Elks Camp Grassick
One of the best summer jobs anyone could ever have! I worked here for three summers along with my sister and we experienced some of the most magical times of our lives. As you drive into the entrance off the gravel dirt road leading to the camp there is an exterior sign that states; “Elk’s Camp Grassick, A Very Special Camping Experience.” This is exactly what it is.
Elk’s Camp Grassick is owned and operated by the Elk’s of North Dakota and is a camp that serves children and adults with various special needs and disabilities. My experience working at Camp Grassick was extraordinary. My sister and I worked as Kitchen Staff, but we were still able to participate and be engaged with the camp participants. Here are some of the unique memorable things we experienced while working here:
Enjoying time with special needs children, witnessing their improvements and making new friends. Learning to smile, laugh, and believe in themselves!
Participate in Recreation events such as a costume party, seeing the campers dancing, laughing, and having fun.
Attending the Stutsman County Fair where each staff member was assigned to tend to a camper and assist them so they can too enjoy the fair and feel like a regular kid.
A peaceful canoe ride on Lake Isabel in the evening with other kitchen staff members, who have become lifelong friends.
Making new friends with counselors, campers, and creating a special friendship with Camp Directors, Dan M. and others.
The small town of Tappen, North Dakota is so small that if you blink as you drive on Interstate 94, you will miss the exit ramp. This town with a population of 250 give or take a few; is the town where I lived, attended school, and played piano for the small white church on the corner street located across from the school (there is only one school). There were not very many events or activities happening in this small quiet little town, but the one event the entire town looks forward to is the Tappen Demolition Derby.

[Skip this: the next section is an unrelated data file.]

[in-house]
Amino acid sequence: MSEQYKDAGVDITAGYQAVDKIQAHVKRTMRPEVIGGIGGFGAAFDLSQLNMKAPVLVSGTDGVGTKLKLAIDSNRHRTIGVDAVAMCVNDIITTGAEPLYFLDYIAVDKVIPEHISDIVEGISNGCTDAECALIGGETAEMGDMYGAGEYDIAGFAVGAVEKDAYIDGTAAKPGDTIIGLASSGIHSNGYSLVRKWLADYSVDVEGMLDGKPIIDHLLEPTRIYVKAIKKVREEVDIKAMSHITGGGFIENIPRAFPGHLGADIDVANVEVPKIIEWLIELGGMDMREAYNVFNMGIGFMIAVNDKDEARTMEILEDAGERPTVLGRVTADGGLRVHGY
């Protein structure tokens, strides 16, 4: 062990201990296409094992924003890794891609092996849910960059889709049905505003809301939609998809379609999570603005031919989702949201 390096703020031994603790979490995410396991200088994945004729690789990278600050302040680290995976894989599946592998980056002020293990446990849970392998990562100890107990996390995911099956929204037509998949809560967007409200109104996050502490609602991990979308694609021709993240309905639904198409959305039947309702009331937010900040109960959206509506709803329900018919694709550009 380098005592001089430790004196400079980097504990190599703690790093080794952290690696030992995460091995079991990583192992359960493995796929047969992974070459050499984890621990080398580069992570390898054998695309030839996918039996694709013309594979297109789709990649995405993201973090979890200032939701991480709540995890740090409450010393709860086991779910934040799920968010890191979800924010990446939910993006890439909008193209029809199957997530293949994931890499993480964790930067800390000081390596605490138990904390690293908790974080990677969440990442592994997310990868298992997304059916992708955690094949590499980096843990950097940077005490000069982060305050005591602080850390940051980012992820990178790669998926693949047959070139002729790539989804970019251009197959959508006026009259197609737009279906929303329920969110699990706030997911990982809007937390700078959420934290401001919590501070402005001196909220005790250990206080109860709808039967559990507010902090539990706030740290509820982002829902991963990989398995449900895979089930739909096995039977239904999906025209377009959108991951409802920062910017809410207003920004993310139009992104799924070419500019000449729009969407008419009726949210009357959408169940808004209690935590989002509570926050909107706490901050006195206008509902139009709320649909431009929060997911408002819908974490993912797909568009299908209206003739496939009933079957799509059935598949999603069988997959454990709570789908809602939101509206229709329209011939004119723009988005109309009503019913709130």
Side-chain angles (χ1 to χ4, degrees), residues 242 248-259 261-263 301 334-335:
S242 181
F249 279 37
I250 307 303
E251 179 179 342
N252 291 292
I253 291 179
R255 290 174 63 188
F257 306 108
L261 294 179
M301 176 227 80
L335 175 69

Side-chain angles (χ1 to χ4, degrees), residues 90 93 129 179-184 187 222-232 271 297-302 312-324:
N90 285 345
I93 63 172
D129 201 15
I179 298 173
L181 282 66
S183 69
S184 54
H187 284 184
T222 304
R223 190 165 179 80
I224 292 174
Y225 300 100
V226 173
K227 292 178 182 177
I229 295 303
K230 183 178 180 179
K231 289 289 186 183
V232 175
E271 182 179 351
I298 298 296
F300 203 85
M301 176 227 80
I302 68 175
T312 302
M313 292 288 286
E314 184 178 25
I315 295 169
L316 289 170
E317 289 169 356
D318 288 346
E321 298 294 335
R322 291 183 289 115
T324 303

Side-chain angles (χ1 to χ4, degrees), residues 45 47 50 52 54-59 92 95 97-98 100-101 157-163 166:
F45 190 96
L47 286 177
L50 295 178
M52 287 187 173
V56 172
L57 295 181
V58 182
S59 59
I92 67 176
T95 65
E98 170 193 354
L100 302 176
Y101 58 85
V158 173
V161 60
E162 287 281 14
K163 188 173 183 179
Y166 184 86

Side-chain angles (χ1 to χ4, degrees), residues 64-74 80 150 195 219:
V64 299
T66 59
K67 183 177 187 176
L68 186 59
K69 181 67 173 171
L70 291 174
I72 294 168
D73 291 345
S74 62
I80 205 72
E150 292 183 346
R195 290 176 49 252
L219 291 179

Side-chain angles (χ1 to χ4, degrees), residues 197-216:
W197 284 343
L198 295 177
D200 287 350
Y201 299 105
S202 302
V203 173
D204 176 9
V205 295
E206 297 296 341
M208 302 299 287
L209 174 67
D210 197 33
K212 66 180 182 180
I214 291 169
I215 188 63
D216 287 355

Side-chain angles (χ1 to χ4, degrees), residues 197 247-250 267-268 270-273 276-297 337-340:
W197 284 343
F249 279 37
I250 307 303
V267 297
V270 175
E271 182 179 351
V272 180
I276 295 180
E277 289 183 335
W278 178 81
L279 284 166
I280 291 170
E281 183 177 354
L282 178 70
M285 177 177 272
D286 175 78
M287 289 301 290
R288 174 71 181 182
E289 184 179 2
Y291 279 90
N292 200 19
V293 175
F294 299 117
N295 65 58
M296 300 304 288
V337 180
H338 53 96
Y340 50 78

This event is action packed and full of hot rods and junkers that crash into each other to compete for the trophy and other prizes. There are only a few vendor stands; there might be T-shirts and food sold. However, this event was free to attend in the past, but recent years, there is a fee now. Many folks from all over North Dakota attend this event, and this year’s show did not disappoint. Attendees bring their campers, lawn chairs, or large pick up trucks backed in as they sit and watch the crashing and demolition derby action. This is a great event for affordable, family fun. Here are a few captions.
A great event for family fun. Tappen, N.D. had celebrated its 125th Year Quasquicentennial Anniversary in 2003, and it was quite a celebration. The entire town was looking like something in a picture book of green manicured lawns, gardens and flowers, and tidy as far as I could see. I remember the 100th year Centennial Anniversary and found some old photos in my parents photo albums.
According to the centennial book, Tappen was a hopping, busy little town. Today, however, it has remained its quiet slow pace, farmers are abundant, and several of the old time buildings have been either torn down, dilapidated, or removed from Tappen and taken to Bismarck. A replica of a small midwest town called Buckstop Junction, has been re-created in Bismarck, using original old building and structures from various small towns. Learn more about this historical place: https://website.buckstopjunction.org:89/
Tappen may be small, but there are a few businesses that help make Tappen a great place to live or stop in and visit this small town USA.
Roadhouse Bar and Grill: Offering a hometown fun and friendly place to enjoy cocktails and food. Occasionally, they will feature a live band. Roadhouse Facebook page.
Marlins Standard: Gas and Auto. (We used to buy candy bars from the station as kids).
Several Organic Farm businesses
Tanning N’ More
Tiff’s Hair Garage
Of course, some of these businesses are somewhat new and were not around when I lived there. I didn’t appreciate the simple good living I had growing up in North Dakota at the time. I do now, however realize how much I miss those wide open spaces, quiet lazy days, and forever sunsets. Everyone knew everyone; my classmates were like my brothers and sisters.